Population: 52.8 million (2012)
Unofficial: 55.7 million (2014 estimate)
Estimated rural population: 66.8%
GDP per capita: US$ 111.1 (2013 est.)
Human Development Index (HDI): 0.498 (2012)
HDI Rank: 149 (2012)
Neighbouring Countries: Bangladesh, China, India, Lao PDR and Thailand
Ms. Aye Aye Mar Kyaw
National Project Coordinator
Direct line: + 95 1 230 5977 78
No. 5 Kanbawza Street
Golden Valley (2) Quarter, Bahan Township,
Myanmar is predominantly a source country for men, women and children trafficked for the purposes of forced labour and commercial sexual exploitation. Poor socio-economic development in Myanmar has led large numbers of nationals to migrate in search of improved livelihood opportunities. It is estimated that up to 4 million Myanmar migrants are working in Thailand, in a range of sectors, often undocumented. Irregular migration routinely places migrants at increased risk of exploitation, with victims being trafficked throughout East Asia, but also further abroad to the Middle East and North America.
Trafficking victims from Myanmar may be men, women and/or children of various ages, though primarily from poor socio-economic backgrounds with unreliable employment prospects. Young women and girls who are either unemployed or have low incomes are particularly vulnerable to being trafficked as they are targeted and deceived by brokers into believing that better job opportunities and wages exist for them abroad. The majority of identified human trafficking cases involve the trafficking of women to China from various regions of the country, primarily for marriage. Victims come from across the country, however increased vulnerability is associated with populations from conflict areas.
Young girls are often trafficked for sexual exploitation by working initially in the entertainment industry such as in karaoke lounges or massage parlours. Internal trafficking of women and girls occurs primarily from villages in the central dry zone areas and Delta (Ayeyarwaddy Division) to urban centers with other transportation and economic hubs such as truck stops, fishing villages, border towns and mining areas. Conversely, men are often subjected to situations of forced labor in the fishing and construction industries.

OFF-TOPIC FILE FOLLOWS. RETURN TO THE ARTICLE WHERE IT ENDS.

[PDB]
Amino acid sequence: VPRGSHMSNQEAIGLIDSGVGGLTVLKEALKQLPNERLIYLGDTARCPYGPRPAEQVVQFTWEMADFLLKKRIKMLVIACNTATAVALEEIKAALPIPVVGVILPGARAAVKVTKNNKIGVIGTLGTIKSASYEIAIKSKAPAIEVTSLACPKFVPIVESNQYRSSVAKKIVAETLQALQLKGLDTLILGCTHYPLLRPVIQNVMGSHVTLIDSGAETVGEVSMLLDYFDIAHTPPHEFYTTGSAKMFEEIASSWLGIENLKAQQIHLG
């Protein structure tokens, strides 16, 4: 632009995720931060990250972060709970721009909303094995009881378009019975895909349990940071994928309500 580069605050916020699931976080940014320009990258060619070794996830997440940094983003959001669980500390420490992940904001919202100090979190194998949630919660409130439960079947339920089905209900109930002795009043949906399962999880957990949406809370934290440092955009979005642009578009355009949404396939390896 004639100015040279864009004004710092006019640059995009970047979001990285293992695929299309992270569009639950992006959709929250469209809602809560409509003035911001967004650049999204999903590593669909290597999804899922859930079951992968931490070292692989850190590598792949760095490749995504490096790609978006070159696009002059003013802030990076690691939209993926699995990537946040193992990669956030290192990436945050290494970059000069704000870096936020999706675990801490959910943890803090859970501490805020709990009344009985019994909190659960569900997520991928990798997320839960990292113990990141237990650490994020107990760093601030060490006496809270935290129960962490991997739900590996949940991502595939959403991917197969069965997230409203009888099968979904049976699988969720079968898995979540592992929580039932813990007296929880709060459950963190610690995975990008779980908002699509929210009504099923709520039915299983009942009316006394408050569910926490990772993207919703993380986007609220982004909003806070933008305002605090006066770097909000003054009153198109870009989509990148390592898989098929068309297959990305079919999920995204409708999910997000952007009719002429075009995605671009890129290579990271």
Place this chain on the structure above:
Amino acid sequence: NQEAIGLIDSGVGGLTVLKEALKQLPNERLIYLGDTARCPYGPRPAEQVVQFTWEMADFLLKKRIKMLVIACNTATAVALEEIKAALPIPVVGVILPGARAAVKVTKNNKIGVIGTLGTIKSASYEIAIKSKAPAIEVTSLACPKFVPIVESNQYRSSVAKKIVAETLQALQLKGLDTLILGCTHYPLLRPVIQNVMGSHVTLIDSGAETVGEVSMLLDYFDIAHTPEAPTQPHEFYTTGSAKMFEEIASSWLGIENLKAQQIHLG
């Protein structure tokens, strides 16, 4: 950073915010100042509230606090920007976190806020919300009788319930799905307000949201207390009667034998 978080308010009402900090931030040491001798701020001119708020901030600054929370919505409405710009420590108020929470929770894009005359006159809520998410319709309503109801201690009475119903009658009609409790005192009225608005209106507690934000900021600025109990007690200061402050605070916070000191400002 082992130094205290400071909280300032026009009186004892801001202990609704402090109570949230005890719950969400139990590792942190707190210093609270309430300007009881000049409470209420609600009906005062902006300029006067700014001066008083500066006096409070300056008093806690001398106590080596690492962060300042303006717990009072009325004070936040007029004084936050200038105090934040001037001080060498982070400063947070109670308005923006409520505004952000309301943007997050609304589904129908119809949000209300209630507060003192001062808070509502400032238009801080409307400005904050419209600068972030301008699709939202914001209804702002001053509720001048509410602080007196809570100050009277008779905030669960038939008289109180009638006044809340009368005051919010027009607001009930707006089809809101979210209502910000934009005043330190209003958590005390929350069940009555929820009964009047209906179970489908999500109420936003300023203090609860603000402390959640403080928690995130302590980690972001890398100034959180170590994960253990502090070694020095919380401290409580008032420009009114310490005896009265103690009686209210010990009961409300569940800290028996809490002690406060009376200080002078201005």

While limited data exists, there are indications that it is generally small, or family-based groups who engage in brokering and trafficking, with linkages in destination sites with both Myanmar and non-Myanmar criminals. Perpetrators often operate as private entities by exploiting vulnerable persons in tea shops, home industries, agricultural plantations, within the fishing industry and for forced begging. Significant levels of corruption also contributes to the trafficking situation in Myanmar, creating further difficulties for anti-trafficking actors in the region. Fraudulent recruitment agencies and criminal gangs are active perpetrators in the trafficking of Myanmar nationals, and many victims are sold into exploitative situations by their own community members and relatives.
Despite the progress made in recent years, significant challenges remain throughout Myanmar in combatting the trafficking industry. The low socio-economic development continues to drive high levels of migration, much of which occurs through informal and consequently high-risk channels. Conflicts in some parts of the country have increased the vulnerability of certain groups to trafficking as well as limiting the potential for successful reintegration efforts for returning victims. Limited government infrastructure also creates challenges in monitoring and managing these trends.
Communication and research on patterns and causes of trafficking in Myanmar also needs to be improved for more effective programming in at-risk communities. Authorities also require further training regarding what constitutes trafficking and how to cooperate to investigate and combat these crimes. The influence of corruption in trafficking cases is a great cause for concern, and an issue that significantly hinders progressive initiatives in the country. Political reforms and the democratization process in Myanmar have re-engaged development partners and UN agencies, however substantial improvements are still required to raise the standard of anti-trafficking work in the country.
For national, bi- and multilateral laws and agreements on human trafficking involving Myanmar, please see the resource section